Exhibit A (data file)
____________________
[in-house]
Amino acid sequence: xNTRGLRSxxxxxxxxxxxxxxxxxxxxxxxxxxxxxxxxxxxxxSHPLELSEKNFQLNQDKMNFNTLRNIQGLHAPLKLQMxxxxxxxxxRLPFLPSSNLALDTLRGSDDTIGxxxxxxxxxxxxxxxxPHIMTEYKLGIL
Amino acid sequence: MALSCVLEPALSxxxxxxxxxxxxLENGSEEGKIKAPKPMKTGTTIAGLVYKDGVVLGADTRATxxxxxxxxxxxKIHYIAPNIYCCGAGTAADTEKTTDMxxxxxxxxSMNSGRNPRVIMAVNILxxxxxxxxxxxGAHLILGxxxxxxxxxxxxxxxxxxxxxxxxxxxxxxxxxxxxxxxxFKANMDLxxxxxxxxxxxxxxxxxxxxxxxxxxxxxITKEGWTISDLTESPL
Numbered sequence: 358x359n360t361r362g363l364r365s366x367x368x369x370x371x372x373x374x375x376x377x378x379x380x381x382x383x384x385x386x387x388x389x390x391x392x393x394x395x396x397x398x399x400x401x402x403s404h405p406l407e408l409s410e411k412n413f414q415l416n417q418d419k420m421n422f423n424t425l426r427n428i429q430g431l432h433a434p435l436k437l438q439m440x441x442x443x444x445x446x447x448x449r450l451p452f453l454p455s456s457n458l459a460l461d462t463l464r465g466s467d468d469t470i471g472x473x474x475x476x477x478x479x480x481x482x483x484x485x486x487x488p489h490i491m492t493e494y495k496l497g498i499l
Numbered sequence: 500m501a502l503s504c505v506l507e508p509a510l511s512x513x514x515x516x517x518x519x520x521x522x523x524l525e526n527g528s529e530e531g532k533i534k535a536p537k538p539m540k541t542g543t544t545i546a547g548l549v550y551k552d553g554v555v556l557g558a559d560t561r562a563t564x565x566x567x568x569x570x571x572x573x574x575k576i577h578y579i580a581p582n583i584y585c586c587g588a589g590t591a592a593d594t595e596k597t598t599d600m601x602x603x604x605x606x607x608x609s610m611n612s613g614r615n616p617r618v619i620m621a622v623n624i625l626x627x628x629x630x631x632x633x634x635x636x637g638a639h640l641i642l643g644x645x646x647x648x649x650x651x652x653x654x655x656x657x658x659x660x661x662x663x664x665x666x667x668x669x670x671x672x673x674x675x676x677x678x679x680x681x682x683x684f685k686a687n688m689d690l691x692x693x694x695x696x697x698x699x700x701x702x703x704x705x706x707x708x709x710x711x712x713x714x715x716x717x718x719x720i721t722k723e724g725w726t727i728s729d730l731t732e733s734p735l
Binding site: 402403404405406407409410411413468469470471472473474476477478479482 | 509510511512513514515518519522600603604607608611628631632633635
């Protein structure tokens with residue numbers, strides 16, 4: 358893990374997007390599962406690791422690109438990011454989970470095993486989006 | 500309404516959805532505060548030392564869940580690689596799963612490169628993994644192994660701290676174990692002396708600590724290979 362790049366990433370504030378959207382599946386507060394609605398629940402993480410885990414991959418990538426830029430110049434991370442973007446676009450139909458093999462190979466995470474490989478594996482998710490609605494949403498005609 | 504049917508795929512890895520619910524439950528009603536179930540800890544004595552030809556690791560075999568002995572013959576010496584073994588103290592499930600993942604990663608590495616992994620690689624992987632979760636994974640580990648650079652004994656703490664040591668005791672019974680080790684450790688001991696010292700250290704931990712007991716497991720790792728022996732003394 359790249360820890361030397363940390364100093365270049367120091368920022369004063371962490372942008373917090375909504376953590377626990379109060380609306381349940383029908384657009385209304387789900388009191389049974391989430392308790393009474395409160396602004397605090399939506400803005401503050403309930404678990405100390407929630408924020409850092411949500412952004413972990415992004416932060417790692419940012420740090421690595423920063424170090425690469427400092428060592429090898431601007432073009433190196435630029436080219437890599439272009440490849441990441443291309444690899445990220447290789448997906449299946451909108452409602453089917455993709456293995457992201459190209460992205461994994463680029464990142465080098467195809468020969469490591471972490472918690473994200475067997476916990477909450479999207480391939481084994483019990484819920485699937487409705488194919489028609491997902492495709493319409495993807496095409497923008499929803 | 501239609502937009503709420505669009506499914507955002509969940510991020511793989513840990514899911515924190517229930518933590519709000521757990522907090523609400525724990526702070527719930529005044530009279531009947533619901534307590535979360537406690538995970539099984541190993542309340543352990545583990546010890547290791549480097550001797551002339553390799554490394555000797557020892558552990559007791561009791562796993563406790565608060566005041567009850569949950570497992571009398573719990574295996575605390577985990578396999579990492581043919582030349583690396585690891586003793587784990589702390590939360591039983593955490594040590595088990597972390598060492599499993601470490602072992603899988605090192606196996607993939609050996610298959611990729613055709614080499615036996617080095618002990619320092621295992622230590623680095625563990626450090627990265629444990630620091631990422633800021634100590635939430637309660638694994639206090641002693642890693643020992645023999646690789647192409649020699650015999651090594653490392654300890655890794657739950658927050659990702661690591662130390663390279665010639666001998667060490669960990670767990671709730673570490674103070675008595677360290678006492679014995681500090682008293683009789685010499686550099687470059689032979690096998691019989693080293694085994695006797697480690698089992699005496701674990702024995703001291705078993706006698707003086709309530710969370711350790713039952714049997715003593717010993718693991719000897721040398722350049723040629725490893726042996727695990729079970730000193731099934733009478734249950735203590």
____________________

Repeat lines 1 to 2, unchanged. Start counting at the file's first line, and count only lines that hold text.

[in-house]
Amino acid sequence: xNTRGLRSxxxxxxxxxxxxxxxxxxxxxxxxxxxxxxxxxxxxxSHPLELSEKNFQLNQDKMNFNTLRNIQGLHAPLKLQMxxxxxxxxxRLPFLPSSNLALDTLRGSDDTIGxxxxxxxxxxxxxxxxPHIMTEYKLGIL